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Should I throw cold water on firework party plans?


My tenant is planning a fireworks party. The property has quite a small garden and is in a built-up area, should I intervene?


If your tenant is planning a few sparklers and a jacket potato in the garden whilst taking advantage of a great view of a local display, you shouldn’t have much to be nervous about. However, if they are planning a display to rival the closing party of London 2012… you might want to have a quiet word.

That said, you are required to allow your tenant a right to quiet enjoyment of the property, and as such if they are not doing anything to contravening the clauses outlined in the tenancy agreement, it is very unlikely that you will be able to intervene in this instance. However, it is important to consider the potential damage to your property, neighbour’s property, surrounding vegetation, and indeed your tenant’s safety.

Whilst you don’t want to throw a bucket of cold water on proceedings, it might be wise to ask for a few more details and make sure that your tenant has considered everything that they need to.

Make sure that they have the correct fireworks

Apart from being aesthetically pleasing, fireworks must also be the correct size for your garden and need to have the British seal of approval (BS7114). If there isn’t a suitable tree or post, avoid Catherine wheels or other types of fireworks that could damage the property. Also, make sure that your tenant is storing the fireworks safely (not in one location, in a room such as the kitchen).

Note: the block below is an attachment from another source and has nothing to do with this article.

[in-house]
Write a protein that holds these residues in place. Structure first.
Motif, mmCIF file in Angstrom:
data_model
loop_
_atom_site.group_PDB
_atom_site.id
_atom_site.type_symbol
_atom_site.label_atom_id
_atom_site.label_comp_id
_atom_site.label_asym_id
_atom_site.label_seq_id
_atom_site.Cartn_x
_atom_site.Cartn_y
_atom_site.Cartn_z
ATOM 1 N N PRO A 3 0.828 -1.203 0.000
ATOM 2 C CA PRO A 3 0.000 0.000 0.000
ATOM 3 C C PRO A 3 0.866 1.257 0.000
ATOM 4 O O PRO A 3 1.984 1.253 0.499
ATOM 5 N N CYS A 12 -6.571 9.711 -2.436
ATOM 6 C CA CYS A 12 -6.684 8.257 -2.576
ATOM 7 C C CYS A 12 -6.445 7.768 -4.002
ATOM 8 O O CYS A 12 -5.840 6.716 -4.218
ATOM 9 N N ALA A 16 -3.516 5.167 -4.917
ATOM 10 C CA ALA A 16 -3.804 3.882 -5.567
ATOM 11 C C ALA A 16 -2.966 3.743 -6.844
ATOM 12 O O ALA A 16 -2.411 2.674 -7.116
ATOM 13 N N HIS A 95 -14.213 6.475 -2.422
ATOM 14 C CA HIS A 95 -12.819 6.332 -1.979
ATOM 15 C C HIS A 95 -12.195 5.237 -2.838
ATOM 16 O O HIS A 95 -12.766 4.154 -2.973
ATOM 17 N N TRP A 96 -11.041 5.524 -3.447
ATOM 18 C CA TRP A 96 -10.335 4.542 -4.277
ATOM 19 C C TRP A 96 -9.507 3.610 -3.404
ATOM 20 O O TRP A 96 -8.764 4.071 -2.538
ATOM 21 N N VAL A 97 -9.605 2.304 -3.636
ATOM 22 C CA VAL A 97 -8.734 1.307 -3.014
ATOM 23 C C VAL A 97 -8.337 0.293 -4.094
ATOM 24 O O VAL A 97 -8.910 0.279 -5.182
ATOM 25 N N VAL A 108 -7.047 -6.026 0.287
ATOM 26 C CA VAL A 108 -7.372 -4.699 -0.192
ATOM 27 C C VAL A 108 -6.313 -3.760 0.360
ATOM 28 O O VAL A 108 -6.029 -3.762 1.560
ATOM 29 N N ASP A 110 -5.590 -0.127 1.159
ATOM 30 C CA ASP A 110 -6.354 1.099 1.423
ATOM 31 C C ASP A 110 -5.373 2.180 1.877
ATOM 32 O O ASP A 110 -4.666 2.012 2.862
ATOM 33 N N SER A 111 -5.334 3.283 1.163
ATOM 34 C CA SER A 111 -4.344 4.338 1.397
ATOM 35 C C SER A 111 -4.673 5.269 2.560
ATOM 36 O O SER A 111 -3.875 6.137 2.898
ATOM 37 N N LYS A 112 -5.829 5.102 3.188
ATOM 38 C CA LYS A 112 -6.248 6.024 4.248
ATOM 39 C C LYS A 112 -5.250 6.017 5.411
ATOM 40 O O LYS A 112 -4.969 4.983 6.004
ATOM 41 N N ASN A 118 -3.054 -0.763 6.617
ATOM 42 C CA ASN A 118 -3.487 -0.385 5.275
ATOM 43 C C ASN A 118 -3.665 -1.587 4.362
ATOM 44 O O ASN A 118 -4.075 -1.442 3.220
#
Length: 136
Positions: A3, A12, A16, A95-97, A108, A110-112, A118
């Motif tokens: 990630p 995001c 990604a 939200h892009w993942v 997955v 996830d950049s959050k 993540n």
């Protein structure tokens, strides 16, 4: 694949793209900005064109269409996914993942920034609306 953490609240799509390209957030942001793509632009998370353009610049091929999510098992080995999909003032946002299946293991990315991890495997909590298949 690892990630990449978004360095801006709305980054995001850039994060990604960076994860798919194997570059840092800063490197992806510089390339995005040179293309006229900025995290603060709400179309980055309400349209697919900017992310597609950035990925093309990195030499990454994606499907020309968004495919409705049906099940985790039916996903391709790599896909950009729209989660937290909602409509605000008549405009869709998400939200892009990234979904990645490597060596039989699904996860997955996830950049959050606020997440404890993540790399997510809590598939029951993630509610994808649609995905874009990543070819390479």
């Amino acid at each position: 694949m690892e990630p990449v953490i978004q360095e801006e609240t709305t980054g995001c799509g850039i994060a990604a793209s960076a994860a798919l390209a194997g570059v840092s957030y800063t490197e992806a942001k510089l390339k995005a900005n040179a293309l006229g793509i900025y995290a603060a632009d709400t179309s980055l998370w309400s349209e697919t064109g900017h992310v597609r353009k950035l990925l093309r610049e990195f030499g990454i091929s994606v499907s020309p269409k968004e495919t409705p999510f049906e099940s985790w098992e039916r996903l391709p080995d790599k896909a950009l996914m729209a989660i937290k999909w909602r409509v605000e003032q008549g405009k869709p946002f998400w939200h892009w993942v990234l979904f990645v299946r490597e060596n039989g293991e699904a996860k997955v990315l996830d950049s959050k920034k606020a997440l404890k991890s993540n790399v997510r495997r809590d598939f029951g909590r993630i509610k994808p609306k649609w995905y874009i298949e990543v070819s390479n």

Consider the space

Make sure there is enough room in the garden to safely light fireworks away from property, and allow those watching to retreat to a safe distance. Each council has specific rules and requirements for lighting fireworks in a garden, but it’s important to be mindful even when using fireworks designed for smaller gardens.

Don’t forget the inside of the property

It isn’t just the fireworks that you need to worry about, you should consider protecting against an increased number of people using the house. Considering that it is November in the UK, the party will inevitably move from the outside in, so do remind your tenant of the potential damage that this can cause to carpeted floors!

Ensure the neighbours are prepared

Bonfire Night is great fun for many, but can be a nightmare for families with young children, the elderly or those with nervous pets. Make sure that your tenant has notified all of the neighbours of their intention, as failure to do so is sure to lead to bad feeling, or even complaints.

Make sure they are keeping to the law

It’s against the law for anyone to set off fireworks between 11pm and 7am, except on certain occasions. Bonfire Night (Monday, 5th November) is an exception, where the cut off is midnight. New Year’s Eve, Diwali and Chinese New Year are also different, when the cut off is 1am.

Failure to abide by these time frames can lead to the perpetrator being fined up to £5,000 and imprisoned for up to 6 months for using fireworks illegally. They could also get an on-the-spot fine of £90.

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